Featured Tech Communicator: David Tran - Airways New Zealand
David Tran is an Information Design Manager at Airways – New Zealand’s air navigation service provider, based in Christchurch. He caught up with Megan Bennett recently to chat about his role at Airways and what it involves.
How long have you been a technical communicator and how did you start out?
I’ve been a technical communicator for 13 years. I joined Airways in 2008 while I was finishing my GDID. I applied for the job near the end of that and I actually did my internship there. Airways was my first full-time job and I’m still there.
Note: the GDID is the Graduate Diploma of Information Design from what was then the Christchurch Polytechnic Institute of Technology (now Ara Institute of Canterbury). The final paper was an internship.
Do you think the GDID prepared you well for your Technical Writer role?
I think so, yeah. Back then, from memory, it was fairly broad – lots of principles, but also practical things like a usability study and writing samples, and getting feedback on those. It wasn’t very focused on specific tools, which was fine because that changes depending on your job. It was definitely a good foundation for researching, interviewing, writing, usability testing – things like that.
Looking at your role at Airways – what does it involve or what does a typical day look like for you?
I’ve recently moved into a leadership role. I lead a team of two – myself and another. Our team normally works with policies and procedures for compliance. Airways is in the aviation industry so it’s highly regulated – we’ve got to make sure we follow proper processes and procedures for changing documents.
We’ve got two main internal customer groups:
- Air traffic services or air traffic controllers – they talk to pilots and make sure planes stay safely apart.
- Technical/technology – engineering and maintenance, in both hardware and software.
Prior to last year, our team focused more on the technical side. Airways has a lot of infrastructure around the country – radars, radio stations, networks, computer systems. We work with engineers, technicians, electricians, and software engineers.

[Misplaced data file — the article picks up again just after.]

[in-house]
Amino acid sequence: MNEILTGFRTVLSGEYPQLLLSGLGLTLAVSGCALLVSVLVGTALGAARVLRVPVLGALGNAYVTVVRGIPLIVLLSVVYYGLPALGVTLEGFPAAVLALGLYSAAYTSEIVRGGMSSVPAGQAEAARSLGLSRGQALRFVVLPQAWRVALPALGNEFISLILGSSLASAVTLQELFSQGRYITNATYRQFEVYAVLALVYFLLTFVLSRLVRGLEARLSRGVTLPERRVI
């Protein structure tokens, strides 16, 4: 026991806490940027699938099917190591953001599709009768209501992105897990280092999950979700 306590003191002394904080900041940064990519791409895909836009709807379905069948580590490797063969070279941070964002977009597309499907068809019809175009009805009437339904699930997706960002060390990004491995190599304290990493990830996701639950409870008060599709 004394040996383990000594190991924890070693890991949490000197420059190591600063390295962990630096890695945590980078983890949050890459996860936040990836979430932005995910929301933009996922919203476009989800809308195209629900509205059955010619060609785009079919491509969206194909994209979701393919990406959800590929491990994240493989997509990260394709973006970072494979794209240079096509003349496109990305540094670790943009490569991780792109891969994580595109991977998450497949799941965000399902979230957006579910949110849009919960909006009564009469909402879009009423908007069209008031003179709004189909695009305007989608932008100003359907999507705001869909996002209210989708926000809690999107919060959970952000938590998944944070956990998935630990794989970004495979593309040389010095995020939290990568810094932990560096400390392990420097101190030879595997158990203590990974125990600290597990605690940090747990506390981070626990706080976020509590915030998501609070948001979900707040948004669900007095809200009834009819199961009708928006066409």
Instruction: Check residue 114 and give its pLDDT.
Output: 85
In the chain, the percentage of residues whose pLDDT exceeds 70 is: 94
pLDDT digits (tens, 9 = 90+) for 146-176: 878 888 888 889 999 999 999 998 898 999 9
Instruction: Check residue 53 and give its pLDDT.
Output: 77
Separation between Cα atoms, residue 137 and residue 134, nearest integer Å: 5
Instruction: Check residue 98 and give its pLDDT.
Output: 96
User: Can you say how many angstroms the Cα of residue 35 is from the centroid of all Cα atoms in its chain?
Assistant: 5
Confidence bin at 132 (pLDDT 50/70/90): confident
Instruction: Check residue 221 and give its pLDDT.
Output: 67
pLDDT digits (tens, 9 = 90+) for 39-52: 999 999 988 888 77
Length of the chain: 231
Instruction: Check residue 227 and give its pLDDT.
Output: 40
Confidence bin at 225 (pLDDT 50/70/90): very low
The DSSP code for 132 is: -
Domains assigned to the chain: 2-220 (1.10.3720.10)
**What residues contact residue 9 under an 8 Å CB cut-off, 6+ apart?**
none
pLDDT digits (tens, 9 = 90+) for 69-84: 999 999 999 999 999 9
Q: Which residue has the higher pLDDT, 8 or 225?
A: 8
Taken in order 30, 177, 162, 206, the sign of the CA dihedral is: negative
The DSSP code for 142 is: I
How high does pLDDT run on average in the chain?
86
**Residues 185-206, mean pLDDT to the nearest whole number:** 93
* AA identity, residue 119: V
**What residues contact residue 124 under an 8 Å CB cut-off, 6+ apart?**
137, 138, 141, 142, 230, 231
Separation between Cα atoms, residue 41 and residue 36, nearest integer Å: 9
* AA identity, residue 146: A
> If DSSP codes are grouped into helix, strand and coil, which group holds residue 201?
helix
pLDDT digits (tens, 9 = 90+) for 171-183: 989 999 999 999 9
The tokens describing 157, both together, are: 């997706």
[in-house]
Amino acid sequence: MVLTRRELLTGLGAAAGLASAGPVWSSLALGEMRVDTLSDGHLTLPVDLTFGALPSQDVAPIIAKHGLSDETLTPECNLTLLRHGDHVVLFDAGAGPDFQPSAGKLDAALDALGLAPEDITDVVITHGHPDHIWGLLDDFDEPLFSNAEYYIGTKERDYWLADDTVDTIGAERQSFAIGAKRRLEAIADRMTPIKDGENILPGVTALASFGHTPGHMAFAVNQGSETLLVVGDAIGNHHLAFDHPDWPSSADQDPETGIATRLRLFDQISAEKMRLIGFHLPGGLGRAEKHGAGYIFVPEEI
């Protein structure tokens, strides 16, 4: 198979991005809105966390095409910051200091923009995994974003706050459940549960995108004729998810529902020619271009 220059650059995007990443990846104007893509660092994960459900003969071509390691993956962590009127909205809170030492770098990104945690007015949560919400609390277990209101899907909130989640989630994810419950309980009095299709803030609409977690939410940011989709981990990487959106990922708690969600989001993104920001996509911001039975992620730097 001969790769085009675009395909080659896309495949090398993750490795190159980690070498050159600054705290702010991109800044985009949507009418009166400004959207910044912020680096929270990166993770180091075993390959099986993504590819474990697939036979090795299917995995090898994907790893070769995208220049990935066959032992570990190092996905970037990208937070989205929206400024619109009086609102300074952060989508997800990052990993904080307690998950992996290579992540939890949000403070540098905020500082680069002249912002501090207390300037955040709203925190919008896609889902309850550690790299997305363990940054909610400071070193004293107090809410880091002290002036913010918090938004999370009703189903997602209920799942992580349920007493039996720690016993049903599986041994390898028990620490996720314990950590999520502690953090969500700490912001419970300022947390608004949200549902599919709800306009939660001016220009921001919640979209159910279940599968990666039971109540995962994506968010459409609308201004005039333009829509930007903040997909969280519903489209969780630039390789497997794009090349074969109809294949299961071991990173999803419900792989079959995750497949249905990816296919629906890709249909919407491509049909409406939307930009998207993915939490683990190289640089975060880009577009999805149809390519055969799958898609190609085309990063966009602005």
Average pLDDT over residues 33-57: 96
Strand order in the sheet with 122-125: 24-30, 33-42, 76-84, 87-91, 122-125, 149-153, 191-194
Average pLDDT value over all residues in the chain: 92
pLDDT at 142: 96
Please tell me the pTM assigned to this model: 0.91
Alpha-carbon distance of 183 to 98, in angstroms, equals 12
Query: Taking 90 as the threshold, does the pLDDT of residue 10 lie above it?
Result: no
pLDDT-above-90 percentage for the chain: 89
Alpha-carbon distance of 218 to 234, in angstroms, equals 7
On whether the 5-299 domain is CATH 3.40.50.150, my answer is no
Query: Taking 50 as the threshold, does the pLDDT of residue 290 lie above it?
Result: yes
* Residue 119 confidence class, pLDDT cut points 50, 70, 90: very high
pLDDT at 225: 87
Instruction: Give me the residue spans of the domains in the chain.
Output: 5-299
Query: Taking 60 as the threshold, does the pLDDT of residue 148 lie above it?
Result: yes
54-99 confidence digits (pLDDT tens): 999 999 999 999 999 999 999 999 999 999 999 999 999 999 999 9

Last year we also took on the air traffic services side. Airways has multiple air traffic control towers around the country with tower controllers who help planes take off and land safely, and radar controllers in Auckland and Christchurch who look after planes as they fly around the country.
On the air traffic services side, documents are still quite print focused – we work with Word and PDFs, and print hard copies and send them around the country. Whereas our technology side transitioned away from that a few years ago – it’s more web-based/online.
A lot of the policies and procedures are pretty well established. So some changes are fairly small – tweaks – which is on the easy end of the scale.
At the other end it can be more involved. It might be changes to a business process or introducing a new type of technology. For instance, for a business process, a manager might say this is the sort of thing they want to do – the outcome they want to achieve. And then as they flesh that out with the different SMEs, we draw up a flow chart and clarify – this is who does what from start to finish. We can then go through multiple rounds of consultation, writing, reviews, and changes. It sometimes takes months or years to actually finalise and publish it.
Did Covid change your role? You mentioned your team working more on the air traffic side of things.
Yes. Our new team was formed because of organisation structure changes. Because we were in aviation we were affected. There were restructures and a bit of streamlining of staff numbers. That’s why our team picked up the air traffic side of documentation.
Is that the main transformation that’s been happening?
There’s a lot of change happening at Airways! Our team has started a project to digitise the air traffic services side of documentation – move it to more online/web-based content. We plan to put it into a CMS like Author-It and do things more efficiently.
The idea is to cut down on paper, and make things easier – users can search, it’s easier for us to update, more efficient, and more sustainable. It’s a worthwhile change that supports Airways’ wider strategy, but it’s going to take a bit of time to do.
In terms of tools, you mention that you use Word and create PDFs as well as web-based content. Are there any other tools that you use?
Our company’s a Microsoft shop so we use Word and Adobe Acrobat. But on the technology side, for our web-based stuff, we use Author-It for content management and other supporting tools like Snagit, and Visio for diagrams.
Any tools that you prefer?
Author-It is really good for managing complex information for single sourcing, reusing content and also publishing to multiple formats. And Snagit makes it nice and easy to play with images and screen shots.
Are there other technical communicators at Airways?
We’ve got other people who do tech writing part-time in their jobs rather than as a full-time role. For example, our technical training team writes instructions, and other teams write corporate policies and procedures.
What advice would you give to someone starting out as a technical communicator?
- Soft skills are important – think about how you work with other people, how you interview them for information, while also building a long-term working relationship.
- Be a user advocate – I think this comes naturally to technical communicators to keep the end user in mind. But also understand the need from the business or customer. You’ve got to keep things in perspective. Your customer might have slightly different needs or priorities, and you need to work out the right balance.
- Be curious and don’t be afraid of asking more questions – if you show interest, most people are happy to help and share information.